Grocery Lists Are Art (In A Ravenous Memoir Market) 

Written by Dia VanGunten
Art by Katy Somerville


Soyrizo 

Not the off-brand but the one I used to buy when we were sleeping in the love-den. For months, we camped within that screened-in porch, where an owl watched us while we slept, or made love late into the morning. August in Austin. I realize now, at my age, that you suffered for me. But I was hot in a different way back then, hot enough for you to heatstroke yourself in the Texas summertime. When the school year started, I’d rise with you and cook soyrizo tacos. I’d walk our red dog afterwards, his caramel coat gleaming in the morning sunshine. You have a long email from this time that you saved because you loved it so much. You shared it on the teacher-chat message board. Everyone said I should write it up as a children’s book. They said you were lucky to get such a massive missive outta nowhere on a sweaty day when no teacher wanted to be back at work.

Tortillas 

Lucky you. Your autistic writer girlfriend made you breakfast tacos and sent you to school with a lunchbox and a kiss. Your over-sharer, work-shirker lover sat down at the computer and typed a story she saw on daytime TV—in vivid detail. The ups! The downs! The tears! A dog named Coconut Harry went missing off a boat and was mourned by his owner. A week later, when scientists arrived on Monkey Island, devoted to primate research, well, who should be there but a brand new honorary monkey? 

Apple Juice

It’s gotta be Martinelli’s like my dying Dad wanted, otherwise don’t bother. No wonder I love that story enough to rush to the computer for that email, which we still discuss decades later. Grief was heavy then. I wanted that phone call from the scientists. I wanted the old man to be howling on Monkey Island. 

Cherries 

You make the tacos now. I’m a better woman with writer’s block. Well, I’m a person. Instead of a proper partner, you have a throbbing brain-on-a-neck, but you still feed it. You bring a bowl of cherries. I spit the pits across the room because this chapter just opened up like a desert highway, and I like that pit-spitting feeling. I always have. As a child, from the balcony; from my car with the top down and the stars. k.d. lang singing about cigarettes. Carly leaned into the dash to light our cloves. Car and I were young then. Both our Dads were alive. We didn’t fear cancer. We could afford those sizzling cigarettes, hot and spicy. I eat all of my cherries, but when I look up, the bowl is full. On a roll! Clickety clack, clickety clack. Spit, spit, spit. POP, POP, POP. Pits fly with velocity.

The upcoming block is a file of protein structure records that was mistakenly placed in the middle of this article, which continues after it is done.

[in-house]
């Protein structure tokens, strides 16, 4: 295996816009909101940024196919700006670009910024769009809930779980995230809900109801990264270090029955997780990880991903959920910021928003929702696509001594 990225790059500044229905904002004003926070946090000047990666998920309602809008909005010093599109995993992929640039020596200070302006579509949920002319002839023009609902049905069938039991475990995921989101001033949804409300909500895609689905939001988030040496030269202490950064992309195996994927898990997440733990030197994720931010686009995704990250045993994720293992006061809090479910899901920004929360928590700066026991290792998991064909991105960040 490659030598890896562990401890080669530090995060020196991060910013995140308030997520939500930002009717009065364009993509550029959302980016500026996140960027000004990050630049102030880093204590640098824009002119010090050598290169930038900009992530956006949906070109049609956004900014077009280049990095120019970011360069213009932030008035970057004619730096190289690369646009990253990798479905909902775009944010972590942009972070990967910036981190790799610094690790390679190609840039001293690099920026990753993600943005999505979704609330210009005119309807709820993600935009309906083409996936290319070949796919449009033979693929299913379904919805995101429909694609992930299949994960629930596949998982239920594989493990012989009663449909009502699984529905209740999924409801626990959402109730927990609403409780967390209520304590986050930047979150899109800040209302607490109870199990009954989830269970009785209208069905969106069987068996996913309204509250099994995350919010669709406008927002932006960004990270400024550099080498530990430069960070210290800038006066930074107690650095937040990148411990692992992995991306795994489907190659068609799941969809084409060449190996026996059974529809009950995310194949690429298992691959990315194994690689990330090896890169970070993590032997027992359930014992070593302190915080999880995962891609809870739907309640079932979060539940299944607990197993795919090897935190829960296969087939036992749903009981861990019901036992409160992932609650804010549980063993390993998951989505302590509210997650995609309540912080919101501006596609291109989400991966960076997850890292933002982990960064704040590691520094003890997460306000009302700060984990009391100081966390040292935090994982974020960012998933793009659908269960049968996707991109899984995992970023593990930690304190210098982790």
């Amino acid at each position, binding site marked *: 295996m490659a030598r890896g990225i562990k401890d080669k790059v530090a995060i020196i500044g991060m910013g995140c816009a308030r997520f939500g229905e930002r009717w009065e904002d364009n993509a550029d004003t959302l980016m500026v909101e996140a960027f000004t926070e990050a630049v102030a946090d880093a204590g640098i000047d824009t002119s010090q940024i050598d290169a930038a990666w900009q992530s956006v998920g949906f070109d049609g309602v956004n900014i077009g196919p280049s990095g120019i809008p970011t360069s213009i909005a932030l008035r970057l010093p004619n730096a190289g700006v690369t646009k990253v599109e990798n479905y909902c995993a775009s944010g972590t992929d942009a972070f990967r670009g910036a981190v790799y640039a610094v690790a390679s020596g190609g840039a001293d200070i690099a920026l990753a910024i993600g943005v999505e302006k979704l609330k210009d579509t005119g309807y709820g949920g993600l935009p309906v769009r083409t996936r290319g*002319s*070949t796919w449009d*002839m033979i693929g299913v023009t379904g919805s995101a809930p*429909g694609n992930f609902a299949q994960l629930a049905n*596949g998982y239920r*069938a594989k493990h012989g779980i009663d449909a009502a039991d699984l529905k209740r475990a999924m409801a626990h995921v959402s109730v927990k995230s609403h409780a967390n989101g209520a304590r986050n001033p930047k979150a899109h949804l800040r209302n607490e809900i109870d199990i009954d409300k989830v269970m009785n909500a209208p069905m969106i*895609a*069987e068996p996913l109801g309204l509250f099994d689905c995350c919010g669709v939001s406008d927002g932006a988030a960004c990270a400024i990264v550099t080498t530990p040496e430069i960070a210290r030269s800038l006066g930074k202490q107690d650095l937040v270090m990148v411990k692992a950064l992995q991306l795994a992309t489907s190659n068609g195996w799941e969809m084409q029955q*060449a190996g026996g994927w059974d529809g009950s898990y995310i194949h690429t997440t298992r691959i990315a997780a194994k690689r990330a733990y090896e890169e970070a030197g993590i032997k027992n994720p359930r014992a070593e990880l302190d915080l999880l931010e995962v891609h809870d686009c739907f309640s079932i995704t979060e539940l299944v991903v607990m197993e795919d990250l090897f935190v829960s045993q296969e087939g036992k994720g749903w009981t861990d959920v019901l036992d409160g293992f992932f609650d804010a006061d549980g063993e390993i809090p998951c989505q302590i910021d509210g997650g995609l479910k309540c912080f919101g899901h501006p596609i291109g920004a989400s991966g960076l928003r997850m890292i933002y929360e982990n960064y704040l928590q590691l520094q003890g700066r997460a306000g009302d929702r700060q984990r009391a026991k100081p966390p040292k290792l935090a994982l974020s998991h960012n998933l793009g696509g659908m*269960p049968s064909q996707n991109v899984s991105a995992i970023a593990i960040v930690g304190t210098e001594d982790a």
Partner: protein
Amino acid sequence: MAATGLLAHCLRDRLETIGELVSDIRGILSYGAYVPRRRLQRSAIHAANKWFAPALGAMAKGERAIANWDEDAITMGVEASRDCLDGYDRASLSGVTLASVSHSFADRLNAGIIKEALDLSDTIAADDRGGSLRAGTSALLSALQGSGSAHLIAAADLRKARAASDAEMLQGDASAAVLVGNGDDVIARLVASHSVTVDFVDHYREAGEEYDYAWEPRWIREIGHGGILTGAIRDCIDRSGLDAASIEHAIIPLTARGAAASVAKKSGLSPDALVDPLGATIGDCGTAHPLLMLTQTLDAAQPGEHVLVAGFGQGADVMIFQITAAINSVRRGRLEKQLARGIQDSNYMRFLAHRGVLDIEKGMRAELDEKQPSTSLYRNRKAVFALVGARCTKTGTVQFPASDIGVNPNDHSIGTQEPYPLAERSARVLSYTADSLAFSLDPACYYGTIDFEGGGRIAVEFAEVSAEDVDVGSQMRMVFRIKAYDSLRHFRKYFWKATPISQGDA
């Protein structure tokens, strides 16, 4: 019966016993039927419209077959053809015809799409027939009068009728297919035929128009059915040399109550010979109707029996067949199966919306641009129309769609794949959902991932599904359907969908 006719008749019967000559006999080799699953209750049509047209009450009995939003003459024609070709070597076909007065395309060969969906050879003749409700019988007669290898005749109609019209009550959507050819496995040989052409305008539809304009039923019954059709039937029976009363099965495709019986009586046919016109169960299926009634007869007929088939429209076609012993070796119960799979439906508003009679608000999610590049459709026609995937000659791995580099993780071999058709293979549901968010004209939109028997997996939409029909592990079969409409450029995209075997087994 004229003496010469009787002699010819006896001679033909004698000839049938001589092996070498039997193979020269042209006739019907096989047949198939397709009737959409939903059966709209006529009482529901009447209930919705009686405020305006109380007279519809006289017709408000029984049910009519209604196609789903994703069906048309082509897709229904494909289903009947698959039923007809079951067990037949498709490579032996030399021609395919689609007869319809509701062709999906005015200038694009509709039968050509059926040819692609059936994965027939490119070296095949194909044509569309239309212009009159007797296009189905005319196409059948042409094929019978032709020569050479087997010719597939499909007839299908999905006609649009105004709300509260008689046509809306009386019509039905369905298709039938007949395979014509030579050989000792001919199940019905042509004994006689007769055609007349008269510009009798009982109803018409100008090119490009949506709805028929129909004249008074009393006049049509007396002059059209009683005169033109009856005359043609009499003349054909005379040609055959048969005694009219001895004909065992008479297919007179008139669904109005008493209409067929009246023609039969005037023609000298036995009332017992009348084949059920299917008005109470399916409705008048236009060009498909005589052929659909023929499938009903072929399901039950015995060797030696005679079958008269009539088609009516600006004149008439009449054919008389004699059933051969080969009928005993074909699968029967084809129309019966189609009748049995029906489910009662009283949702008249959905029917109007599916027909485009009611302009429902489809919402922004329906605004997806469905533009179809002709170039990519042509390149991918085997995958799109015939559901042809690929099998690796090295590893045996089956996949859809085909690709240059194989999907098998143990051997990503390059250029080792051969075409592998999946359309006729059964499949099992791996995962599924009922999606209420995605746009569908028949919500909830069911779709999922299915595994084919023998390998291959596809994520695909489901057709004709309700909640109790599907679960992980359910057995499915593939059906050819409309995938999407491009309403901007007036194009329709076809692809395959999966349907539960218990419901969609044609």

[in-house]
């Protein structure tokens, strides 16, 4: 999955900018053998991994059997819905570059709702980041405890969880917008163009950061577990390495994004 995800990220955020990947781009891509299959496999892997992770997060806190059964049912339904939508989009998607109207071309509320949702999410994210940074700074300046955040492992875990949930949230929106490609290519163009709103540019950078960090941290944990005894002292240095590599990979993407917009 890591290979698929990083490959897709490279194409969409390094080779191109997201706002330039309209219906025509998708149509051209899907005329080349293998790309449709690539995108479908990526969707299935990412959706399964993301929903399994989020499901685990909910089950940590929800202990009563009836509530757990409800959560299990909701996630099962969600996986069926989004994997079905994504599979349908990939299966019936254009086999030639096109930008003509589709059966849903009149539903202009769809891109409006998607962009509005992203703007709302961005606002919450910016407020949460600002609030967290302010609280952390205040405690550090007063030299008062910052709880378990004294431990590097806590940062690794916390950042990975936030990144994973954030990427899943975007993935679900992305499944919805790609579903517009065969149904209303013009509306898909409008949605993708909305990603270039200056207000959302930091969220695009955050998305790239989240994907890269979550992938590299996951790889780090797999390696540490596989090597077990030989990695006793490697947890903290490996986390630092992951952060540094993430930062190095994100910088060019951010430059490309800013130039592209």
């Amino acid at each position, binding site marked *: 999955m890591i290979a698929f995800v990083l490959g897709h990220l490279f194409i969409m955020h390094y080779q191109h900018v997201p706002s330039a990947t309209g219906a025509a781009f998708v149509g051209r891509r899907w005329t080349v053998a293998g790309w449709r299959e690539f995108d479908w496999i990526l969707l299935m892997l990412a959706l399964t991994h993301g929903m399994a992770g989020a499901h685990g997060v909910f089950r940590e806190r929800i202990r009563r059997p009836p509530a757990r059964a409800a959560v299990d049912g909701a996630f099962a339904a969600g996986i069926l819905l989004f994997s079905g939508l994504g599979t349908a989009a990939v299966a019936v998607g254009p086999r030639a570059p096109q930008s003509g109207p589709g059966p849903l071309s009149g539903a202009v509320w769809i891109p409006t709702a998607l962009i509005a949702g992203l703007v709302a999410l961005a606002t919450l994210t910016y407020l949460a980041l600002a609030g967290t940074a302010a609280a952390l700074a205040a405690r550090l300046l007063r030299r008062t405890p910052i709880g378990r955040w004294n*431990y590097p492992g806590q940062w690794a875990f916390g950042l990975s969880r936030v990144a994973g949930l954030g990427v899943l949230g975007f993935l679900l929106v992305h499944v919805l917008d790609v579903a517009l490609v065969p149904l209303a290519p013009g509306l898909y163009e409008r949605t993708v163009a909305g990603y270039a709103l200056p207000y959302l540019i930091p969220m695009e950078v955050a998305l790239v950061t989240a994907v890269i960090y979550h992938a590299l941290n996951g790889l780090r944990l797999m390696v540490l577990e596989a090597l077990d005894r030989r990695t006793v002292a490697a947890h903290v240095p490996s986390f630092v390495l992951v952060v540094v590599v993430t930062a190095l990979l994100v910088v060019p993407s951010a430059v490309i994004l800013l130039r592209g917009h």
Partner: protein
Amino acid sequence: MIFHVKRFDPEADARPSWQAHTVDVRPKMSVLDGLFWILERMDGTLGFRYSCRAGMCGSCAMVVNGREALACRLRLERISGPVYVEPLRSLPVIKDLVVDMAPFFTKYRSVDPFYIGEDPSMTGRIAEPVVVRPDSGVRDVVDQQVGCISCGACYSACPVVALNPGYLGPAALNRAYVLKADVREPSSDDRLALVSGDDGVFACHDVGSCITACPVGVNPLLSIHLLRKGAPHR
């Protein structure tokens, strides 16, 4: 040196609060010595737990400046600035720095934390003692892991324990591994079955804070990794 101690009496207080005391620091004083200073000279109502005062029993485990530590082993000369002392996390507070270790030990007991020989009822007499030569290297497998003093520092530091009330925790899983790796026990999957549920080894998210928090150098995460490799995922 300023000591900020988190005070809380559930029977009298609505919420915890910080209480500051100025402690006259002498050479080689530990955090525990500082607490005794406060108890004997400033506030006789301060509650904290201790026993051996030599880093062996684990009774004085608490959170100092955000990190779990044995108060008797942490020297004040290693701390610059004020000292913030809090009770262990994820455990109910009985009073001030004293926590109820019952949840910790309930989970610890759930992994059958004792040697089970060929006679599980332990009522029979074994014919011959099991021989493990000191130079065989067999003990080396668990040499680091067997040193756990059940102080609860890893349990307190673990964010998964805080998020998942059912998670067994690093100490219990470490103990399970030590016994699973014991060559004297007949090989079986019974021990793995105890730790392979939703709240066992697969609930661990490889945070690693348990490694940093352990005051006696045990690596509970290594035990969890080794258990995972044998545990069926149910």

Pistachio Muffins 

They are bright green, and I really like that about them. You understand. 

Dye 

Like my grandmother, my hair is so dark that it begins to gray prematurely. I dye silver strands to match the rest, but when I’m fully pale, I’ll go lilac or lollipop or some kinda pastel that I could never do before because my hair was black. In this lifetime, I am determined to get old. So far, so good. I was vain and reckless in past lives. I always checked out early, before I had to find out who I was, or could be, without weaponized beauty. A woman must use every weapon, every wit, at her disposal. You understand.

Douche 

Haha. Nahhhhhhhhh. The vagina is a self-cleaning organism. 

Sports Bra

XL? Big. You know these titties. Don’t come home with some lacy bralette shit. No pre-teen slingshot camo. For the love of Hecate, I just need these breasts to get out of the way while I type. Don’t be sexy. I’m on a deadline, man. 

Pajama Bottoms 

I require simple cotton pants that I can destroy with my slovenly lifestyle. I did not request this Mandalorian onesie with a pouch for stuffed Grogu. 

But I accept it. This is the way. 

Mango Mochi 

I want the kind that I eat when I visit Nickie. They taste like sunshine, chewy cold discs of orange Hawaii. Did I tell you that the mangos hang from trees at the side of the highway? One day, Nickie did a crazy U-turn because she spotted Pickled-Mango Guy. Did I tell you about the mango mascarpone pizza? Did I tell you that while I was there last, I was terribly not okay because I knew I was coming home to chaos?

Moving back south, we almost died on the highway. I was sure we would. Any other driver would’ve wrecked it, but you, slow and easy, ever watchful, brought us through. It was one of those days that could have gone two ways. I woke up knowing that my fate was forking—something bad would happen on the road and I’d either make it through or I wouldn’t. Then I climbed in. Growing up, and still, safety was subject to the fickle whims of adults. The sibs and I formed a back-to-back circle against the elements. Swords out. We were the last living guards of the Night’s Watch, surrounded by whitewalkers. We were never Sweet Summer Children. 

You are the house on the hill, the one that holds its own in hurricanes; the home with the protective Grandpa-ghost that warns me to lock the door; the place where we laid our dying dog in a mountain of baffled down, puffy quilt like a dollop of whipped cream. She smiled because she knew she was worthy of feathers.

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